April is Autism awareness month. For us, it is every day with three kids on the spectrum. It seems like each year more and more kids are diagnosed with this. So, I think it is important that people understand what this is and what it isn’t. We’re not bad parents with out of control children. Spanking. Let me repeat that super loud. Spanking will not correct the behaviors that our children with this have.
Now, before someone freaks out and thinks I’m saying don’t discipline. I never, ever said that. Period. Yes, for a behavior they know is wrong they need to have consequences. For example, my twins have to sit in time out. They hate it. Like, hate it more than eating vegetables, hate. It works for us.
There’s a major difference between meltdowns and a child having a fit over something they want. Those on the spectrum can’t control when a meltdown happens. It can be as simple as going into a store and the lights humming annoys them, or a smell. These sweet babies can’t help that. They have can have extra sensitive hearing and smells going on. A child having a fit knows what they’re doing. They know if they scream loud enough, then they might get what they want. Doesn’t work in my house.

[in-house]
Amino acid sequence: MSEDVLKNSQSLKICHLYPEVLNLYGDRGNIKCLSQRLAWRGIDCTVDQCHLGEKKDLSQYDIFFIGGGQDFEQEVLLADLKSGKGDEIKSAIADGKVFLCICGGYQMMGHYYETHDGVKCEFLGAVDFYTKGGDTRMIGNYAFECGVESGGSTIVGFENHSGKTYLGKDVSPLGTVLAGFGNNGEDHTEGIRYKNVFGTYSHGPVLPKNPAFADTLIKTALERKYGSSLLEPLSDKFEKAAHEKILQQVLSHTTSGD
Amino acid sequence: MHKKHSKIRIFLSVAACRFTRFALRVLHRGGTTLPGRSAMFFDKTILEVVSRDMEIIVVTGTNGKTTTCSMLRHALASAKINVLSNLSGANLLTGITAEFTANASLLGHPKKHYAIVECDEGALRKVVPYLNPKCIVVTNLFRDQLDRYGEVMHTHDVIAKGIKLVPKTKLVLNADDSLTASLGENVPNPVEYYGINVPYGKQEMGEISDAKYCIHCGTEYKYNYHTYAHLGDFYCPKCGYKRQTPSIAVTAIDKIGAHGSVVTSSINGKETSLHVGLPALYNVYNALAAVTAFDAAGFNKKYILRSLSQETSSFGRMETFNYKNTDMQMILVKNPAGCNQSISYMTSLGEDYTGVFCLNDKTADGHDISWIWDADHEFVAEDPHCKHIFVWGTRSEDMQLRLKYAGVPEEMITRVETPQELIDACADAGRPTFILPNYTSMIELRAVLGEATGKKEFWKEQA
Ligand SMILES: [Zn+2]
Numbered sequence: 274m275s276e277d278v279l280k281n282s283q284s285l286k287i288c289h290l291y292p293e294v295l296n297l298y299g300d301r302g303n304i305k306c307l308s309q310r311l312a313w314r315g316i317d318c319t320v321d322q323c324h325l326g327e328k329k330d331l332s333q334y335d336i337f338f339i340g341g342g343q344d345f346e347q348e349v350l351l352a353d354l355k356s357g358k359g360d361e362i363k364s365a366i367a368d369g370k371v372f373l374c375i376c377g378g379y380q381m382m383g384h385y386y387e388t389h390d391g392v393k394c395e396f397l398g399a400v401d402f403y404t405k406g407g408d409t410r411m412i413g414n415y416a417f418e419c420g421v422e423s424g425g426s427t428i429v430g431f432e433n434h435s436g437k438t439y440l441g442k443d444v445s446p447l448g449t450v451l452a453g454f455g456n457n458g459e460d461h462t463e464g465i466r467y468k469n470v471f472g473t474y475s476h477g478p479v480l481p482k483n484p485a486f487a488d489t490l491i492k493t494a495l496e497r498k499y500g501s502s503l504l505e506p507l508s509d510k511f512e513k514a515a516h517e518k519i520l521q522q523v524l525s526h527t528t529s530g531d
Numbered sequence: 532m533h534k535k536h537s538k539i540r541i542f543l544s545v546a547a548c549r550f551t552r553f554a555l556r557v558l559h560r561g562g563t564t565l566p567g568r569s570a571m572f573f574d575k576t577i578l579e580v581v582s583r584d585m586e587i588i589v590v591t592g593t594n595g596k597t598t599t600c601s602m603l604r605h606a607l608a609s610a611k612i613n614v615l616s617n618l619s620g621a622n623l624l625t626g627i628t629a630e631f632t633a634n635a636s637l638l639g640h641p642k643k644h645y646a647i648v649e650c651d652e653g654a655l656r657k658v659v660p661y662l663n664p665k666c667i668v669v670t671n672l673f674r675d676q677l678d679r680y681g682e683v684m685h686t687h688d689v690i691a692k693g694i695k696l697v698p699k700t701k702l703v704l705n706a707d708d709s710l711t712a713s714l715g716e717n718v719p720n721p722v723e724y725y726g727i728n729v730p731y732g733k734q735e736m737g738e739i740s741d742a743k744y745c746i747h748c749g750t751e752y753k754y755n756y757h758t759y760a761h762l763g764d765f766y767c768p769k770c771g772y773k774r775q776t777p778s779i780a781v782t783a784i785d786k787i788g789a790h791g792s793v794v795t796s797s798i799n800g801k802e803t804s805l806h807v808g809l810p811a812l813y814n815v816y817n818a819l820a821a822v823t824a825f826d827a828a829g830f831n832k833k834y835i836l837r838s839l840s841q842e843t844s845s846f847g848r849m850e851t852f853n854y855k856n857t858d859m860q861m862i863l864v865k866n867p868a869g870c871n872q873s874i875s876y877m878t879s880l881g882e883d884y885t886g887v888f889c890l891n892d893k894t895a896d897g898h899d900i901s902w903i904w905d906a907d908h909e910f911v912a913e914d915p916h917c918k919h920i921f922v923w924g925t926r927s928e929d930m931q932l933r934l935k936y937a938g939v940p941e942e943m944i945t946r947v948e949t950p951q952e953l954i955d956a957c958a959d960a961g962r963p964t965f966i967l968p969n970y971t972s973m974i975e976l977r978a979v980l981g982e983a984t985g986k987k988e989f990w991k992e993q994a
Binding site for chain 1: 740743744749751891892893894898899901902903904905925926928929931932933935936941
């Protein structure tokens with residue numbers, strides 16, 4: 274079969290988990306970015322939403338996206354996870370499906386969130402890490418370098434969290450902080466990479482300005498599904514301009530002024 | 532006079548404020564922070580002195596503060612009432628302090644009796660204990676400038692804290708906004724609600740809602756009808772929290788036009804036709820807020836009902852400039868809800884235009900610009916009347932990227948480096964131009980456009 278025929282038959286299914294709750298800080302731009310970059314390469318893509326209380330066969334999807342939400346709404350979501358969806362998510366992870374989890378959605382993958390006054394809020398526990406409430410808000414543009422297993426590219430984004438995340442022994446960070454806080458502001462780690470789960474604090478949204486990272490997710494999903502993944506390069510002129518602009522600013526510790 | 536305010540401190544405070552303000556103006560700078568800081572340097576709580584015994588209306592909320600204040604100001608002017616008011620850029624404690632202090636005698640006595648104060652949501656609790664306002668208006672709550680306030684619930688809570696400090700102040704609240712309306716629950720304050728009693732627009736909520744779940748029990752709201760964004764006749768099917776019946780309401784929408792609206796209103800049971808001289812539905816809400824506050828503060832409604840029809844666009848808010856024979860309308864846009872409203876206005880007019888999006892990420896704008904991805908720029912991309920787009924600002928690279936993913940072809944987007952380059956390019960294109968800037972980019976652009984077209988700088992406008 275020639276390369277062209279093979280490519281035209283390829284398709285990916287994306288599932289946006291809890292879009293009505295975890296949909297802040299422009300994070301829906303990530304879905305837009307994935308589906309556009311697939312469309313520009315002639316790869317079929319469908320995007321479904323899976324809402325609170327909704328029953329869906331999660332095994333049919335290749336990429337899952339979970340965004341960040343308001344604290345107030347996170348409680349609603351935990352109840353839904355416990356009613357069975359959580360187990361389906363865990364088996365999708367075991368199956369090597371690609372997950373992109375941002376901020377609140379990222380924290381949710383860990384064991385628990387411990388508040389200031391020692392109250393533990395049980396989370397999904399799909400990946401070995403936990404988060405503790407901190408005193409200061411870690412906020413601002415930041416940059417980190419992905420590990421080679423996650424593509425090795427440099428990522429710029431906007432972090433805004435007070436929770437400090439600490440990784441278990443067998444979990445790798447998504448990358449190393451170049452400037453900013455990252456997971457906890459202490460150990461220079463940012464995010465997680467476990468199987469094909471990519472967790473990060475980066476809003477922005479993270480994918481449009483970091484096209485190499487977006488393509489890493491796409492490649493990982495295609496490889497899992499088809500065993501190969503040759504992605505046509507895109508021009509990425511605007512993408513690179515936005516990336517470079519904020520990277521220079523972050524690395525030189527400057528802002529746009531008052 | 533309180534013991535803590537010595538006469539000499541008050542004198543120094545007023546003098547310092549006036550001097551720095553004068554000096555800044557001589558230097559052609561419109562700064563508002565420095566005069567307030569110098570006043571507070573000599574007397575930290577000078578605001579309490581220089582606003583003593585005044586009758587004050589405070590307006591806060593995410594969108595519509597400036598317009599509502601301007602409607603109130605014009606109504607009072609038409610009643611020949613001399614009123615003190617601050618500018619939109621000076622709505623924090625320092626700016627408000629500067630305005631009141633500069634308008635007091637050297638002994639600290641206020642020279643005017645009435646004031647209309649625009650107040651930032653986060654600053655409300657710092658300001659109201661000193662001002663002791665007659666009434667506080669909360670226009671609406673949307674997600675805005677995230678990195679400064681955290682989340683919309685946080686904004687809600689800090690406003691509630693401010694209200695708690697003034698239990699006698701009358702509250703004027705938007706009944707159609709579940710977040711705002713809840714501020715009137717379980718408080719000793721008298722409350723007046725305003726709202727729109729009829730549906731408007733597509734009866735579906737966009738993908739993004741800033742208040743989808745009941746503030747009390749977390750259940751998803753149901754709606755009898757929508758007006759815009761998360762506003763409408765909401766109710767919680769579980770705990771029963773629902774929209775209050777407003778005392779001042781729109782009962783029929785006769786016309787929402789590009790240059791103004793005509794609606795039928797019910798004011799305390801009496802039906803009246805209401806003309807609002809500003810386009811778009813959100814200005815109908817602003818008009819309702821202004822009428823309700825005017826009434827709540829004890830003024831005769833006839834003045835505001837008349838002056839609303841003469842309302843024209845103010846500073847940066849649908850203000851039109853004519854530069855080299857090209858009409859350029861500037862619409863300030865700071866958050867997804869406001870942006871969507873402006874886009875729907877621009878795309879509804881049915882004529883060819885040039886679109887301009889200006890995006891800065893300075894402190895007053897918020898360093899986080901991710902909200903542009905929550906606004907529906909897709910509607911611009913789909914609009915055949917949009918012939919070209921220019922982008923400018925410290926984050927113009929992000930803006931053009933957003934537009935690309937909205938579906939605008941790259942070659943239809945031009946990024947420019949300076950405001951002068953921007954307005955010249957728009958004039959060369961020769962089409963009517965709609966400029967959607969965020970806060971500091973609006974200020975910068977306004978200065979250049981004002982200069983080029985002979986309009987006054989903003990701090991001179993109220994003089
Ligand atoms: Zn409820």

Now let’s look at what Autism is. Now I got this straight from Autism Speaks.
Autism spectrum disorder (ASD) and autism are both general terms for a group of complex disorders of brain development. These disorders are characterized, in varying degrees, by difficulties in social interaction, verbal and nonverbal communication and repetitive behaviors. With the May 2013 publication of the DSM-5 diagnostic manual, all autism disorders were merged into one umbrella diagnosis of ASD. Previously, they were recognized as distinct subtypes, including autistic disorder, childhood disintegrative disorder, pervasive developmental disorder-not otherwise specified (PDD-NOS) and Asperger syndrome.
ASD can be associated with intellectual disability, difficulties in motor coordination and attention and physical health issues such as sleep and gastrointestinal disturbances. Some persons with ASD excel in visual skills, music, math, and art.
Autism appears to have its roots in very early brain development. However, the most obvious signs of autism and symptoms of autism tend to emerge between 2 and 3 years of age.